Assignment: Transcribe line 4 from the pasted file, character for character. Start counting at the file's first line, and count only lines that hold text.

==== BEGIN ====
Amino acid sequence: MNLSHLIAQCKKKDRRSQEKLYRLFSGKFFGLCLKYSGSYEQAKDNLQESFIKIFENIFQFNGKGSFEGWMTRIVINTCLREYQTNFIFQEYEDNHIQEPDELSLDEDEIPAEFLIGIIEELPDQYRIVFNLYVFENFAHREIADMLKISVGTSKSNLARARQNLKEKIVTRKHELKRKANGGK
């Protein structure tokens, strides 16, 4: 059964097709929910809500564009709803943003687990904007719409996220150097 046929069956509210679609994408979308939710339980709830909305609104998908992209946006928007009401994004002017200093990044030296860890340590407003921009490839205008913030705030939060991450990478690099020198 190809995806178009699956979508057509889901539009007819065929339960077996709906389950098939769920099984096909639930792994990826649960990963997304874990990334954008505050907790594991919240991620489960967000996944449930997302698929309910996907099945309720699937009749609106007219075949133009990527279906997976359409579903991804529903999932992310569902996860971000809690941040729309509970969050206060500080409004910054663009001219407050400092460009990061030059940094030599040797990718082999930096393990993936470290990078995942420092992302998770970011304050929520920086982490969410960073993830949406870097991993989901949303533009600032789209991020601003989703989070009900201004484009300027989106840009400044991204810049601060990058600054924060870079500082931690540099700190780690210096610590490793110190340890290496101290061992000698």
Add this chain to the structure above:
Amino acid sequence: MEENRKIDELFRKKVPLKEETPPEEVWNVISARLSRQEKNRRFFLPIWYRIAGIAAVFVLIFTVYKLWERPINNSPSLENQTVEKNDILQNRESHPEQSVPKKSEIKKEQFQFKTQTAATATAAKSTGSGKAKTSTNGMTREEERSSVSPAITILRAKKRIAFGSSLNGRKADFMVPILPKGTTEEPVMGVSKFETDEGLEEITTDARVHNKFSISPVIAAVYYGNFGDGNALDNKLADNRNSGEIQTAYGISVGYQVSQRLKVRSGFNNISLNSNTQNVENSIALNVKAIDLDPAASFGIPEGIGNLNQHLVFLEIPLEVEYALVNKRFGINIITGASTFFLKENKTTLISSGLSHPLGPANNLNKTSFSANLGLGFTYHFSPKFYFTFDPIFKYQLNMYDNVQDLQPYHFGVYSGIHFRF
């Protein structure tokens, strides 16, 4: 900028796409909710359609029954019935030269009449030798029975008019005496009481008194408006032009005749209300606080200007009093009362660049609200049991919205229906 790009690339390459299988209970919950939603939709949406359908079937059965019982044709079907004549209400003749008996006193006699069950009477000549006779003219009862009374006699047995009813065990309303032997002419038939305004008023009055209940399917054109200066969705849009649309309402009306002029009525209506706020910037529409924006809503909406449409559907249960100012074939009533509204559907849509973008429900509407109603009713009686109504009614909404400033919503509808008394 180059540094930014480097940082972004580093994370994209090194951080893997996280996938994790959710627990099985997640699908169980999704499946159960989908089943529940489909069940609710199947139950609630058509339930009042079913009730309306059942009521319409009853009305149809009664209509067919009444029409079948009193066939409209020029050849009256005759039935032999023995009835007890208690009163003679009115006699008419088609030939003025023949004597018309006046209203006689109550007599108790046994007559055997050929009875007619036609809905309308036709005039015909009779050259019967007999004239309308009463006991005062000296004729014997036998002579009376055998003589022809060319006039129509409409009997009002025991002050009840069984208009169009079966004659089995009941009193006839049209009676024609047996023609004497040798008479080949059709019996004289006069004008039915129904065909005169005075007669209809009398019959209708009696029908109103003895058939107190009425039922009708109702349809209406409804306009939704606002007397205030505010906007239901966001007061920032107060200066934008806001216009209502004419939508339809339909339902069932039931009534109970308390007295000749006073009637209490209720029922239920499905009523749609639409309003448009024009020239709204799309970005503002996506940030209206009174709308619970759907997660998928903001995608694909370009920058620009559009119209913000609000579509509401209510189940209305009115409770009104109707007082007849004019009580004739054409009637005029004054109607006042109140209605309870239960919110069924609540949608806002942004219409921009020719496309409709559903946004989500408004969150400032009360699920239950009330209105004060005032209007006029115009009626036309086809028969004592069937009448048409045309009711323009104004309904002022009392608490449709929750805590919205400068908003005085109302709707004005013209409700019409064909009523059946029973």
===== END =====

Amino acid sequence: MEENRKIDELFRKKVPLKEETPPEEVWNVISARLSRQEKNRRFFLPIWYRIAGIAAVFVLIFTVYKLWERPINNSPSLENQTVEKNDILQNRESHPEQSVPKKSEIKKEQFQFKTQTAATATAAKSTGSGKAKTSTNGMTREEERSSVSPAITILRAKKRIAFGSSLNGRKADFMVPILPKGTTEEPVMGVSKFETDEGLEEITTDARVHNKFSISPVIAAVYYGNFGDGNALDNKLADNRNSGEIQTAYGISVGYQVSQRLKVRSGFNNISLNSNTQNVENSIALNVKAIDLDPAASFGIPEGIGNLNQHLVFLEIPLEVEYALVNKRFGINIITGASTFFLKENKTTLISSGLSHPLGPANNLNKTSFSANLGLGFTYHFSPKFYFTFDPIFKYQLNMYDNVQDLQPYHFGVYSGIHFRF